In 1921, his short stories with timed plots were captured on either Mondays or Tuesdays. Dubbed "On Re-reading novels," Woolf argued that emotion drove the novel that one feels ("Virginia Woolf"). In early 1924, the Woolfs relocated to Bloomsbury. Soon, she developed a lesbian affair with Vita Sackville-West. Having written a story about "Mrs. Dalloway," she developed an artistic idea that could see herself structuring a story that could bring both the "sane and insane" together. Virginia's desire in Mrs. Dalloway was to merge the elegiac and novelistic forms. To the Lighthouse was published in 1927. As an elegy, it evoked the childhood memory of summers at Talland House, being the 32nd anniversary of Julia Stephen's demise. She continued working on her literary pieces and memoirs amidst the Second World War. Between the Acts that changed her life, leading to her demise. In the novel, she confronts her fears and insecurities regarding the "irrelevance" of her work. The insecurities reawakened the buried fears and depression, triggering her to commit suicide in 1941. However, she left an everlasting legacy that continues to apply in the literary genre of fictional writing.
The novel is divided into three sections; The Window, Time Passes, and The Lighthouse. Each section is infused with a theme of contributions from various narrators that Virginia Woolf creates. The Window begins just before the surge of World War II. Mr. and Mrs. Ramsay bring their children to their home in the Hebrides. Across the home is a large Lighthouse. James Ramsay wants to go to the Lighthouse, but the mother declines, telling him that they can go the next day if the weather permits. The father scolds him, and James feels like his father enjoys being cruel to him and his siblings. Ramsay resents his father for the latter's insensitivity and emotional demands on his mother. James' resentment persists throughout the entire novel. The Ramsays are staying in the summer home with a group of guests.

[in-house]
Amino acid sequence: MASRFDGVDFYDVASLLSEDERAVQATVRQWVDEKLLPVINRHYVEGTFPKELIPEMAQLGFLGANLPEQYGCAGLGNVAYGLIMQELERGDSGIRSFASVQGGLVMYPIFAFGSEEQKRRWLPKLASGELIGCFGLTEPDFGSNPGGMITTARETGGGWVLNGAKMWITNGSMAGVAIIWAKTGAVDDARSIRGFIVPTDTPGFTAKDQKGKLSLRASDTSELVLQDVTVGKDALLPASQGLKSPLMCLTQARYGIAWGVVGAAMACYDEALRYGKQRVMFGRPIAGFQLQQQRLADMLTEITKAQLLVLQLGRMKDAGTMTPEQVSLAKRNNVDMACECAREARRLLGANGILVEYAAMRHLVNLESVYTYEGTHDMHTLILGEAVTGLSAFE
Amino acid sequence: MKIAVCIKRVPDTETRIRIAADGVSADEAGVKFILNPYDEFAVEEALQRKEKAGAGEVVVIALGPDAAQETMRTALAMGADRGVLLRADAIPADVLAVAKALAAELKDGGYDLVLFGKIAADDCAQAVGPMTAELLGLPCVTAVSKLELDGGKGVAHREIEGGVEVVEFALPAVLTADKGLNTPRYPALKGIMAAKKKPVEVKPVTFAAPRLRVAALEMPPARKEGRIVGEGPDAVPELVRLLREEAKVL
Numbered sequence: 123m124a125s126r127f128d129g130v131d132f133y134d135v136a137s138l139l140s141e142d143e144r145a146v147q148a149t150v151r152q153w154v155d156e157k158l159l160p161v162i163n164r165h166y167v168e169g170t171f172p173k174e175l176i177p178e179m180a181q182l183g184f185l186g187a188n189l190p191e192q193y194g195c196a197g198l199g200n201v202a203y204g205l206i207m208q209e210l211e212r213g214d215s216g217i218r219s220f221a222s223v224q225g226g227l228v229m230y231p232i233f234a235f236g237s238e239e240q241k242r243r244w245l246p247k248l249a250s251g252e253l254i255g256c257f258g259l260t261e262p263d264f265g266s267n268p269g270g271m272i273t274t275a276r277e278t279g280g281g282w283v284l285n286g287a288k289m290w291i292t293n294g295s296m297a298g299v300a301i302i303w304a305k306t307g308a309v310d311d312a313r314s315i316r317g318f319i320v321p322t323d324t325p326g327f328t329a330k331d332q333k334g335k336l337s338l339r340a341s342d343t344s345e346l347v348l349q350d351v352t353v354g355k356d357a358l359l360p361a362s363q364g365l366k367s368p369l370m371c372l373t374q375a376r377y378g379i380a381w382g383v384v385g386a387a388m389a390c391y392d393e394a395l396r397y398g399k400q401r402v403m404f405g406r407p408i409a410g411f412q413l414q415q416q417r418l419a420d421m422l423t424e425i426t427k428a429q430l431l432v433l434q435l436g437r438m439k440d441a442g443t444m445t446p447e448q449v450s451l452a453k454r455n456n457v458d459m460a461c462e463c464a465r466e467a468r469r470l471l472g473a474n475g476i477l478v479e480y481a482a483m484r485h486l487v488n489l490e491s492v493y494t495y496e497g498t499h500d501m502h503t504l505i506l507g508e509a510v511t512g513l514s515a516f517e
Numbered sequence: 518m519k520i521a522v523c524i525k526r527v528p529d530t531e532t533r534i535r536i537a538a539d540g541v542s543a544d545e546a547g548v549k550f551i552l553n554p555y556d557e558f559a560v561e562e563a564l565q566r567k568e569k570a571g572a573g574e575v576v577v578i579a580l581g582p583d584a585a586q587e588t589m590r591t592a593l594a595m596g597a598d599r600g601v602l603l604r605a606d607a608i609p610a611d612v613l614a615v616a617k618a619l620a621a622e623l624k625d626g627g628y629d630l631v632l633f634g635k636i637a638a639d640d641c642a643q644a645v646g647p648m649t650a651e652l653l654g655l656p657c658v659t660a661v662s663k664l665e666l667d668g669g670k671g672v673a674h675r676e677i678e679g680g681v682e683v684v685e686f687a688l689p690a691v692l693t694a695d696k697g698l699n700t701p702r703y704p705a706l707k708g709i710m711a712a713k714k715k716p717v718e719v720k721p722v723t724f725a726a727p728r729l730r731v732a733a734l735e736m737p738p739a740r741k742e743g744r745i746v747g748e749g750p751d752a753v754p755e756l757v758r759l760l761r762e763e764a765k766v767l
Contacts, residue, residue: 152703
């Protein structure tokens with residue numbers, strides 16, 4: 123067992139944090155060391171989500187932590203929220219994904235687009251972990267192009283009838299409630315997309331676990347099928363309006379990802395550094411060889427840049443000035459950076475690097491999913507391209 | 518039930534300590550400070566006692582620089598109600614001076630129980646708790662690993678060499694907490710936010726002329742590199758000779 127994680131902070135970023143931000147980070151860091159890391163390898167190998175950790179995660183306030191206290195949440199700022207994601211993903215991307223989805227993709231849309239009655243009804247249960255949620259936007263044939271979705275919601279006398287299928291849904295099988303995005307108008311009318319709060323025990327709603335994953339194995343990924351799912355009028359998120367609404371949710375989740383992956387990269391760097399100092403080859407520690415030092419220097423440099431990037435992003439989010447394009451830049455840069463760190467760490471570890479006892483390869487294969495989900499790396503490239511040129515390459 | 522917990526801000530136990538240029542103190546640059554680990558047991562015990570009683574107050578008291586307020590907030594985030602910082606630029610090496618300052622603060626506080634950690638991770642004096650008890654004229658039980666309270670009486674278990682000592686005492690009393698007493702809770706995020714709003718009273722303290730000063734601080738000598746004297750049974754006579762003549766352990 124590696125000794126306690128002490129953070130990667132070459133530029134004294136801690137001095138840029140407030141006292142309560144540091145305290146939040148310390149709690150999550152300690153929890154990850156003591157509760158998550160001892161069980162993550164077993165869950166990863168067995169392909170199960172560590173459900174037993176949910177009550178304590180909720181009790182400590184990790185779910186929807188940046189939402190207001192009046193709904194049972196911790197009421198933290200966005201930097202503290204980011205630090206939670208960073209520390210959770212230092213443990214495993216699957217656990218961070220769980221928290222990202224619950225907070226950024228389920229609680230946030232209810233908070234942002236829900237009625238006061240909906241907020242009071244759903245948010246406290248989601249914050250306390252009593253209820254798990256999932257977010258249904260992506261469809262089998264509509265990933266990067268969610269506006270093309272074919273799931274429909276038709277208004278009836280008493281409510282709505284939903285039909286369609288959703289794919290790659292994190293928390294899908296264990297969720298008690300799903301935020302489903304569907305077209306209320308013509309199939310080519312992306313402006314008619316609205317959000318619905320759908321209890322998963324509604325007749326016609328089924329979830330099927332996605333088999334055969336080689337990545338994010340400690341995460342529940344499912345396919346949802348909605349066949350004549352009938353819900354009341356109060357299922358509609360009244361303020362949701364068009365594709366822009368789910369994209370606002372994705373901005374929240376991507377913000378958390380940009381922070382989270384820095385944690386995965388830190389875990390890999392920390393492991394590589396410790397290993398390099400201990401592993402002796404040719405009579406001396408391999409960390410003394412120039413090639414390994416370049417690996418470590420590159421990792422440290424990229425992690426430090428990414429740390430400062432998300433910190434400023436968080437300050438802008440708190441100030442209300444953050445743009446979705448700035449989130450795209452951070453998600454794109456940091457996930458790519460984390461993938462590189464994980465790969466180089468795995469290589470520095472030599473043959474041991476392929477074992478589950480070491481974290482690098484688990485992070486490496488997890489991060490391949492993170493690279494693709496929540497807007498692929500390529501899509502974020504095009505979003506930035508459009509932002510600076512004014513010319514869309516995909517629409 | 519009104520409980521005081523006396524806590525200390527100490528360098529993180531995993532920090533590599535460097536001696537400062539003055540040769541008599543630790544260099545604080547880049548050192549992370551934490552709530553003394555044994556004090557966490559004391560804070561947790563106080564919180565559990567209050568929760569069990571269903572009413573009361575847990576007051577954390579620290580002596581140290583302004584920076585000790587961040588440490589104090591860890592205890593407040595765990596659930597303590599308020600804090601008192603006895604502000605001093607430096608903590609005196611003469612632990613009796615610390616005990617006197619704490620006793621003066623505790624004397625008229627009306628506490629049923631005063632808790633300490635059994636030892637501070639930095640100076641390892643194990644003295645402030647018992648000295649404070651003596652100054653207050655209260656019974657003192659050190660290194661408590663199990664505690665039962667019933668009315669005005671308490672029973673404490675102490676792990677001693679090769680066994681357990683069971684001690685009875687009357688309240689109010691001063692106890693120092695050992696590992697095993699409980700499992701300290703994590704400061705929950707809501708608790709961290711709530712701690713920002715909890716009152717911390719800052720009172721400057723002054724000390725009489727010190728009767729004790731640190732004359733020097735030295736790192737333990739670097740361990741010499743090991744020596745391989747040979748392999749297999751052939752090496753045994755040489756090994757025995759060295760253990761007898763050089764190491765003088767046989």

The house guests include Charles Tansley; a not-very-loved fellow, Lily Briscoe; a painter who begins the portrait of Mrs. Ramsay, William Bankes whom the Ramsays want Lily to marry since she is unmarried, and Paul Rayley and Minta Doyle, who later on marry during the visit.
Mrs. Ramsay plans a dinner of fifteen people for that evening, including Mr. Augustus Carmichael. The latter is a poet and a family friend. The dinner begins quite shaky with tensions as Mr. Ramsay reacts to Mr. Carmichael's asking for soup. No one shows any sign of enjoying the moment or the conversation. However, a magical moment surges and everyone in the room starts connecting. Mrs. Ramsay wishes that something positive arises from the newfound connection. After dinner, Mr. and Mrs. Ramsay are relaxing at the parlor. Mrs. Ramsay finds it hard to tell her husband that she loves him but hopes that through their unspoken communication, Mr. Ramsay knows. Later, the Ramsays and their kids go to bed.
In the second section of the novel, the story progresses, showcasing that the house has been abandoned for ten years. The house suffers immensely from the transgressions of time, decay, and neglect. Unexpectedly, Mrs. Ramsey passes on one night, as does Prue via a sickness connected to childbirth. Andrew is unceremoniously killed in a battle, becoming the third member of the family to die. Mrs. McNab becomes the occasional caretaker of the house, scrubbing and trying to clean it. However, it is not until the reports about the imminent return of the remaining Ramsays that she puts everything in order.